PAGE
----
National Football League
March 13, 2011
Draft King Analysis
Lou Pickney, DraftKing.com
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Before I begin this article, I'd be remiss to not send out my deepest condolences to the victims of the earthquake and tsunami in Japan. My sister spent some time in Japan in 2006, and while the people she knows over there are all fine (she stayed west of Tokyo, well away from the areas that were ravaged), there are many, many people there whose lives have been severely affected in a negative way. And, while it might be a convenient writing tool to refer to the end of the NFL's collective bargaining agreement as "Armageddon" or something similarly sinister, clearly the NFL's work stoppage pales in comparison to a human tragedy like the world has witnessed in Japan.
There had been some expectation this past Friday that the NFL and the NFLPA would agree to another time extension in an attempt to hammer out a new CBA. But talks abruptly stalled out, leading to the NFLPA moving to decertify as a union. This move was done to allow individual players to sue the NFL to prevent a lockout, and you can expect all kinds of legal wrangling to go on between now and whenever a new deal is reached.
It's important to keep a few things in mind that the NFL wants, in part: no more federal judicial oversight of the CBA; no more Judge David Doty if the oversight must stay; an 18-game regular season with a 2-game pre-season; a larger cut of the money; a rookie wage scale.
I'd think the players would agree to removal of federal oversight before going along with an 18-game season. With what is being learned about the dangers of multiple concussions and CTE (chronic traumatic encephalopathy), adding two games to the regular season might not be in the NFL's best interest right now. This issue is not going away, not with the late Chris Henry (who died at age 26) being diagnosed posthumously as having CTE and, more recently, Dave Duerson committing suicide and intentionally not shooting himself in the head so his brain could be studied to see if he had CTE.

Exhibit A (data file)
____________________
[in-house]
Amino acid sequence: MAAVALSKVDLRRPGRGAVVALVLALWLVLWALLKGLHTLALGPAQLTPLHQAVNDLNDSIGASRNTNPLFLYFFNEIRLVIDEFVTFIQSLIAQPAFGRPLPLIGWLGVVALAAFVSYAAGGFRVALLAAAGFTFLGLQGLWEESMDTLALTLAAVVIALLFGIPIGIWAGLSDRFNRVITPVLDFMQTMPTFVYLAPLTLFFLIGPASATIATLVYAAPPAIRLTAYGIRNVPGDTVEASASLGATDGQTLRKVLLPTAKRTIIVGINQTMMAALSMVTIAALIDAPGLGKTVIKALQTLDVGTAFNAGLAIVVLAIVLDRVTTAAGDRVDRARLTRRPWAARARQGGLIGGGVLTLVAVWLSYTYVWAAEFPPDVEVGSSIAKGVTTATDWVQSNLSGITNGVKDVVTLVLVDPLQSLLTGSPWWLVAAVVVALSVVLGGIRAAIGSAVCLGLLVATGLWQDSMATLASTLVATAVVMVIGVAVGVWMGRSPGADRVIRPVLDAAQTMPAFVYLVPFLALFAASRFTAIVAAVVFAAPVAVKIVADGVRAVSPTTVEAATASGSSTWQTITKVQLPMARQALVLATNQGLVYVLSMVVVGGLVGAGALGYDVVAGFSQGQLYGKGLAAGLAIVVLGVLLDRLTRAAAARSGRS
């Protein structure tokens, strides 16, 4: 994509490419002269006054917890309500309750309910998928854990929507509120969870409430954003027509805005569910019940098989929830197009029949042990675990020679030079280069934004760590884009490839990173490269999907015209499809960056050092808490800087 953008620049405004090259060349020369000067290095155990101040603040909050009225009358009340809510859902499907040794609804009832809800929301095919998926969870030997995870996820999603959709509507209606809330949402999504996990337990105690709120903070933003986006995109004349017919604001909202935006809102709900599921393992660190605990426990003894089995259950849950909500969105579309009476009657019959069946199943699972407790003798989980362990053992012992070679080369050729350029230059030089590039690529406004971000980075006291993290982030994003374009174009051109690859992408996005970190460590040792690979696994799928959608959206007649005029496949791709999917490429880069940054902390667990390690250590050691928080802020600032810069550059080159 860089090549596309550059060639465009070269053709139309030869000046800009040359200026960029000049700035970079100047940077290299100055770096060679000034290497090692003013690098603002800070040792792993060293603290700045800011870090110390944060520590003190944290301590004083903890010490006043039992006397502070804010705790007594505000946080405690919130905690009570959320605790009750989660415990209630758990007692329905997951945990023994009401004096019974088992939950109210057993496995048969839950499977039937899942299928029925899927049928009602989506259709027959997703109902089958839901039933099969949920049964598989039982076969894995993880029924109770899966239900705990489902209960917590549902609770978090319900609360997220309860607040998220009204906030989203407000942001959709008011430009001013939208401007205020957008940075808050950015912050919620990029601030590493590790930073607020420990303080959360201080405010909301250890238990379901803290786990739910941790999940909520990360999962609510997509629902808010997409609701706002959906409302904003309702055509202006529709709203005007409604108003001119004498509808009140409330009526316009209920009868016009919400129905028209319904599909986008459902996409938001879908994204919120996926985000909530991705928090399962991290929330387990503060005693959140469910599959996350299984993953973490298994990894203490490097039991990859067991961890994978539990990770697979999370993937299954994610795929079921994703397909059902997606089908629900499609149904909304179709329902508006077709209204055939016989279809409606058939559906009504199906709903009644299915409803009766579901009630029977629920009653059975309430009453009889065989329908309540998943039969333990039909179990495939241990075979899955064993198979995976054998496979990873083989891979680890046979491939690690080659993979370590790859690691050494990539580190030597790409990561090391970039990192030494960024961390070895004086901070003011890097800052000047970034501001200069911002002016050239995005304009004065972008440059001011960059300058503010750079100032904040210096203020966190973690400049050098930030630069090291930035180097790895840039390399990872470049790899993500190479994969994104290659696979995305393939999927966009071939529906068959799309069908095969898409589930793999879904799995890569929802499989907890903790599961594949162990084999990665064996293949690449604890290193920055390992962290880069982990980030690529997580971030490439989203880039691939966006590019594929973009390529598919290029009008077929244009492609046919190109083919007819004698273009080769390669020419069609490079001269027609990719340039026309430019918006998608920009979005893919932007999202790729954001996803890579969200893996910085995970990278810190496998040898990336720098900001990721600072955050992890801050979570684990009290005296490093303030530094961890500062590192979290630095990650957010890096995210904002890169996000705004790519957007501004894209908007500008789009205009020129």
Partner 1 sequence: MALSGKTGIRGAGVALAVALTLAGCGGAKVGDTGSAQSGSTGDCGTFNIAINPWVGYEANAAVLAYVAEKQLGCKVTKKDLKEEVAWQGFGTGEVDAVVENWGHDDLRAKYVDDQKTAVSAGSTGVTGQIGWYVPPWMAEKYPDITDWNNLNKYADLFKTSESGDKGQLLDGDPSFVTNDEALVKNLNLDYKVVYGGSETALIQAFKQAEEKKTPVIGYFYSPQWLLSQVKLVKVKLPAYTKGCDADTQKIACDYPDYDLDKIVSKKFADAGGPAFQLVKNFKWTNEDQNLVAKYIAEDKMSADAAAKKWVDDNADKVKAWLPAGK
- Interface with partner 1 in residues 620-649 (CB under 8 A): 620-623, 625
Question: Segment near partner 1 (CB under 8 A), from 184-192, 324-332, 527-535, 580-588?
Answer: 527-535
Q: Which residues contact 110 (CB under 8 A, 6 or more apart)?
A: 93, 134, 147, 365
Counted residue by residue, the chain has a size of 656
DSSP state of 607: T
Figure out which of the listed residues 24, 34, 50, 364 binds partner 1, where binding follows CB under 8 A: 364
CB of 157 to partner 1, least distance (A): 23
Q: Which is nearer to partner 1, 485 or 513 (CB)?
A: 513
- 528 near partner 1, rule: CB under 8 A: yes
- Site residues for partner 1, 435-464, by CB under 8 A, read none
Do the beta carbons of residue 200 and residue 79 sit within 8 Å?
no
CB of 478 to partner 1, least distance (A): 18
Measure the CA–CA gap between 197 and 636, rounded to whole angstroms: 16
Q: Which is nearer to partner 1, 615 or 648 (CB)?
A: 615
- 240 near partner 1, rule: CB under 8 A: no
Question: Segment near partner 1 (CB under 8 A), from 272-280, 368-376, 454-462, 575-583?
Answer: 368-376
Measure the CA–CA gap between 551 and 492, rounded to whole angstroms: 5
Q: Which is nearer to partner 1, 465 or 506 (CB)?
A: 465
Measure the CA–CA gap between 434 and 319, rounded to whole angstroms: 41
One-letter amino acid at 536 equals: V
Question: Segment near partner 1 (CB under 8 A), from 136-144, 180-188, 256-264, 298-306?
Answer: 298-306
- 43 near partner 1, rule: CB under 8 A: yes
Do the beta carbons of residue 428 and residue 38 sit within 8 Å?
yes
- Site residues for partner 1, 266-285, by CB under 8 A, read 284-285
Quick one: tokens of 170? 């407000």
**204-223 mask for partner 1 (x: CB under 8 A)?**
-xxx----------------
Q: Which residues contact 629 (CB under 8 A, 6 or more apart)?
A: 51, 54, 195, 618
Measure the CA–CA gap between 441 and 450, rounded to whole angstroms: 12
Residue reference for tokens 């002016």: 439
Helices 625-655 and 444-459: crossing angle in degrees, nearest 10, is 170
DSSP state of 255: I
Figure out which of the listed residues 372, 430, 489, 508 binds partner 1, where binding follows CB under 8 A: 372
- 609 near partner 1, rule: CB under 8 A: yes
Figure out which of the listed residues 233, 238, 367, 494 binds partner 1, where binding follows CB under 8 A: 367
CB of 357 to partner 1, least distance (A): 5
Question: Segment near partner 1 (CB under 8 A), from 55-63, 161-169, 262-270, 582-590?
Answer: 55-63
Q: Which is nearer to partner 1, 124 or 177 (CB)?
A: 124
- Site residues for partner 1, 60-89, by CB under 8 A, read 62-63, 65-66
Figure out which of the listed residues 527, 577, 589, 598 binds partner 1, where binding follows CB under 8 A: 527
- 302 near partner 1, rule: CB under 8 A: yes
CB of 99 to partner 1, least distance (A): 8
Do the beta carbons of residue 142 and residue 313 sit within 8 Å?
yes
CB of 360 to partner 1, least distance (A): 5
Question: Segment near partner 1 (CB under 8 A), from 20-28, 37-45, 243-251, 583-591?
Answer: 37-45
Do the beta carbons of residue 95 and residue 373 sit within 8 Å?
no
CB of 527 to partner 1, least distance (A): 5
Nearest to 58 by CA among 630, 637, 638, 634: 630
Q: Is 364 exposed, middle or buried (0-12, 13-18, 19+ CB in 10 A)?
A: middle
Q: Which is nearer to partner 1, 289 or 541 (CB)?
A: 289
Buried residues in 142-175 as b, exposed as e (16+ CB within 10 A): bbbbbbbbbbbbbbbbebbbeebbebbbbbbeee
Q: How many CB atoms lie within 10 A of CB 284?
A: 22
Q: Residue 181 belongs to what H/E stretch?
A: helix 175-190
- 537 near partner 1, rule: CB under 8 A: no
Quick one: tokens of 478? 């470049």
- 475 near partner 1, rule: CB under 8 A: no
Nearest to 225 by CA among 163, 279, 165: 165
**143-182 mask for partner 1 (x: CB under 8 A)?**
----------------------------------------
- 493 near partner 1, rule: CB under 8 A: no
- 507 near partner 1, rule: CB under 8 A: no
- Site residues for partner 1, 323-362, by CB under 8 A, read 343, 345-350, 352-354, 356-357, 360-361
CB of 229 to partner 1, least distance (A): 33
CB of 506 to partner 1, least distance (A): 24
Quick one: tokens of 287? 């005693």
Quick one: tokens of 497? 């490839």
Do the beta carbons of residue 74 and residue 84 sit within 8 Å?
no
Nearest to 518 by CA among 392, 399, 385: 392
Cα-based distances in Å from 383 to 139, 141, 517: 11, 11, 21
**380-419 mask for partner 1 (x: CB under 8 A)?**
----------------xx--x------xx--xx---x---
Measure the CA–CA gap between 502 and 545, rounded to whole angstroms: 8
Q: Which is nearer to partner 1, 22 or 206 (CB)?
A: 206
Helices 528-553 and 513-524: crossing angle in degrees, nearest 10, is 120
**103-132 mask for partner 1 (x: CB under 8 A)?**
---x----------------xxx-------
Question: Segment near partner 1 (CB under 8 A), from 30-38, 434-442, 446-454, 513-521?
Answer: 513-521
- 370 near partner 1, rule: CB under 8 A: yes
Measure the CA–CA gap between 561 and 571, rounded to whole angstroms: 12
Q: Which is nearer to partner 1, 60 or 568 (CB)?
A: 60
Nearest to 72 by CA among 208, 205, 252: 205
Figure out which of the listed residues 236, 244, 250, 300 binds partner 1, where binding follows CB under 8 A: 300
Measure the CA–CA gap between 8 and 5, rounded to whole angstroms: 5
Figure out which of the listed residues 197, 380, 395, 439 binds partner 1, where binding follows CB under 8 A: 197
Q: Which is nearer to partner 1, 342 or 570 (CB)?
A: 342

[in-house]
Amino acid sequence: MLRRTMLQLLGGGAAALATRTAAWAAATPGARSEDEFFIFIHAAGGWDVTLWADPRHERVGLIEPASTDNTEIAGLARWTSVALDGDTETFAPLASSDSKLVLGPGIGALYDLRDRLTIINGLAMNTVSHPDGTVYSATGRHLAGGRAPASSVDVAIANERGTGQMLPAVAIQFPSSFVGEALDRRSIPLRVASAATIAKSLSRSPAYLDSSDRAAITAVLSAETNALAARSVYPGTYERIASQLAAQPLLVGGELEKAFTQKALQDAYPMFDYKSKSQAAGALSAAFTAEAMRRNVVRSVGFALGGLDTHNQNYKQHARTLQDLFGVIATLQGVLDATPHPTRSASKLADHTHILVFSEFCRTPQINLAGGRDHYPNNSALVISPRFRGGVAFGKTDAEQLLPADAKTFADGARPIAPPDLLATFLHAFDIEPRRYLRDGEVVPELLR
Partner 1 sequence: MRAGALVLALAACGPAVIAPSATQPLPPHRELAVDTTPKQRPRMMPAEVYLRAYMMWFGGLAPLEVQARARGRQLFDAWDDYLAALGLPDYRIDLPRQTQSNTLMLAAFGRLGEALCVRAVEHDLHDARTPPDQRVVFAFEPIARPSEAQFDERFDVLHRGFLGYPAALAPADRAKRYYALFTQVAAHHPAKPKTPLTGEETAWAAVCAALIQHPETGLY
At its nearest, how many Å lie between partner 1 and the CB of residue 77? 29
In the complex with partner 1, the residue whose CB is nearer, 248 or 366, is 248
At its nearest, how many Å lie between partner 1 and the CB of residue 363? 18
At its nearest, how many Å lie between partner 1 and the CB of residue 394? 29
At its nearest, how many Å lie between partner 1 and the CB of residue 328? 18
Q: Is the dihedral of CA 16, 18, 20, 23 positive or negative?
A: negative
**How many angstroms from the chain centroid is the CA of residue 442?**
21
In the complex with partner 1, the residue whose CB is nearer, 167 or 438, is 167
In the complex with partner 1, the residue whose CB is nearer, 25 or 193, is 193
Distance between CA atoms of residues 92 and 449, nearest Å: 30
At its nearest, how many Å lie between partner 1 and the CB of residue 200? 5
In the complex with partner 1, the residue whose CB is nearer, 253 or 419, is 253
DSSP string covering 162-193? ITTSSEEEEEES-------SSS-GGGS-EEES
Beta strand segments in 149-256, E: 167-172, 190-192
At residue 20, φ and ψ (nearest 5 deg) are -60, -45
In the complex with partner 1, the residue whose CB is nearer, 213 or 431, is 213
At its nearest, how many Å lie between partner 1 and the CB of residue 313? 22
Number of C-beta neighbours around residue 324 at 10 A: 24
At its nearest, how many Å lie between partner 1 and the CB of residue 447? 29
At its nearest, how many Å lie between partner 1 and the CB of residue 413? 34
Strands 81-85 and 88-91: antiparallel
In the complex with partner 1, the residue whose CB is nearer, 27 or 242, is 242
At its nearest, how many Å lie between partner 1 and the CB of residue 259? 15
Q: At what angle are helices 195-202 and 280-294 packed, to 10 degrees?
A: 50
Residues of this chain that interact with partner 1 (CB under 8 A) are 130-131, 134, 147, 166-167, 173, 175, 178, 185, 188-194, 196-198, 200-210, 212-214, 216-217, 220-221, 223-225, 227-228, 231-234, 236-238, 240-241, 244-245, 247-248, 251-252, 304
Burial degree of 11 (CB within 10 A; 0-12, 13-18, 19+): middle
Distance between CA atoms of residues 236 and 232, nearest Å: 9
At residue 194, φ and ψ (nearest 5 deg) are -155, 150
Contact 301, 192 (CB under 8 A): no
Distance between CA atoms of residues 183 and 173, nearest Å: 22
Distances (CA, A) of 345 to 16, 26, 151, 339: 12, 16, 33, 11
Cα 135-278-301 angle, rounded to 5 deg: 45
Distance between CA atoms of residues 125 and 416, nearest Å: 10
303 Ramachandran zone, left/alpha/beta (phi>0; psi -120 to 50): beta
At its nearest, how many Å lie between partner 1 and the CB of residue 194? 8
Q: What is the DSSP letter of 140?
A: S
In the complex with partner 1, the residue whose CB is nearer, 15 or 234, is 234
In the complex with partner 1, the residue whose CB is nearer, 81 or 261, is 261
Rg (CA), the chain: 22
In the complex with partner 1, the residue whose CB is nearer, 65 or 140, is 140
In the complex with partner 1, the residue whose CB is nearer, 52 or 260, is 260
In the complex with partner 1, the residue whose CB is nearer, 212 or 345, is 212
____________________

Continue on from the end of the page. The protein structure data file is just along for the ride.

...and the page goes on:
The rookie pay scale is the easiest issue for the players and owners to agree on, though Texas A&M DE/OLB Von Miller wisely included himself in the Tom Brady et al suit against the NFL perhaps, in part, to protect rookie wages to some degree. I still believe that the Sam Bradford $50 million guaranteed that the Rams gave him will stand as the high water mark for guaranteed rookie money for a very, very long time.
The federal oversight of the CBA issue will be interesting to see play out. It's no secret that the NFL has been less than thrilled with Judge Doty's rulings. Doty is either 81 or 82; his exact birthdate isn't available online from what I've seen, but he's already in semi-retirement and likely won't be able to rule very much longer on NFL cases. But it goes beyond Doty, as the NFL wants federal oversight out of their dealings with the players. How that is settled remains to be seen.
Keep in mind that, while the owners might be able to outlast the players as far as their war chest goes (even without the TV money they thought they'd have), there is a good chance of owners being deposed. There are some who believe that collusion may have taken place in the last off-season, with there not being any big-money signings despite the lack of a salary cap. A team like the Redskins, in theory, could have plucked the five or six best free agents in 2010 off the market with ridiculous deals, one-year $30 million guaranteed or whatever, but that didn't happen.
That doesn't mean that there was collusion, but *if* there was collusion and an owner is asked about it under oath, it's a lose/lose. Tell the truth and you've admitted that collusion took place (if it did). Lie and say there wasn't and risk evidence coming out later that there was and you are looking at facing federal charges for perjury. And, even if collusion didn't take place, I couldn't imagine Daniel Snyder wanting to answer questions in a deposition about possible tampering in the 2009 signing of free agent DT Albert Haynesworth.
How this all will impact the draft remains to be seen, but if a new CBA isn't in place by the time the draft takes place, teams may very well be forced into drafting for need much more than going for the best player available. I've crafted my mock draft on here as if a new CBA won't be agreed upon by late April, and I will continue to do so until when/if a new deal is in place.
Next time on here: less CBA talk and more discussion of players and team needs. There are questions about Da'Quan Bowers' right knee, which underwent arthroscopic surgery two months ago. He's slated to work out for NFL teams on April 1, though if he misses that deadline it could cause him to fall from a possible top five (or even #1 overall) pick to sliding out of the top ten. Also I'll address concerns some have about my mock, including the idea of Dallas drafting Wisconsin DE J.J. Watt at #9 overall next month.